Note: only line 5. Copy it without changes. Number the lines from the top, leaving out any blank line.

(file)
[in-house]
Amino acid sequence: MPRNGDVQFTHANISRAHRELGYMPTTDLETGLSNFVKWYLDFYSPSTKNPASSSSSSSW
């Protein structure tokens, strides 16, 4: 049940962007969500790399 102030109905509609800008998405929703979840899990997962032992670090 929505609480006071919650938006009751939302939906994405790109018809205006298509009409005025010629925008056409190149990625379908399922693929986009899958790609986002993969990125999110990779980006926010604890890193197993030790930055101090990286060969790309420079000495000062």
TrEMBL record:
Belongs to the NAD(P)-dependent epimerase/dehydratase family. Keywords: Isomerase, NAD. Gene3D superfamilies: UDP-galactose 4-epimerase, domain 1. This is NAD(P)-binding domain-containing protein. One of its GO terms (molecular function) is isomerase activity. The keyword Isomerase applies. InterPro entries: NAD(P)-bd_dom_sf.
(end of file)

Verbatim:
Belongs to the NAD(P)-dependent epimerase/dehydratase family. Keywords: Isomerase, NAD. Gene3D superfamilies: UDP-galactose 4-epimerase, domain 1. This is NAD(P)-binding domain-containing protein. One of its GO terms (molecular function) is isomerase activity. The keyword Isomerase applies. InterPro entries: NAD(P)-bd_dom_sf.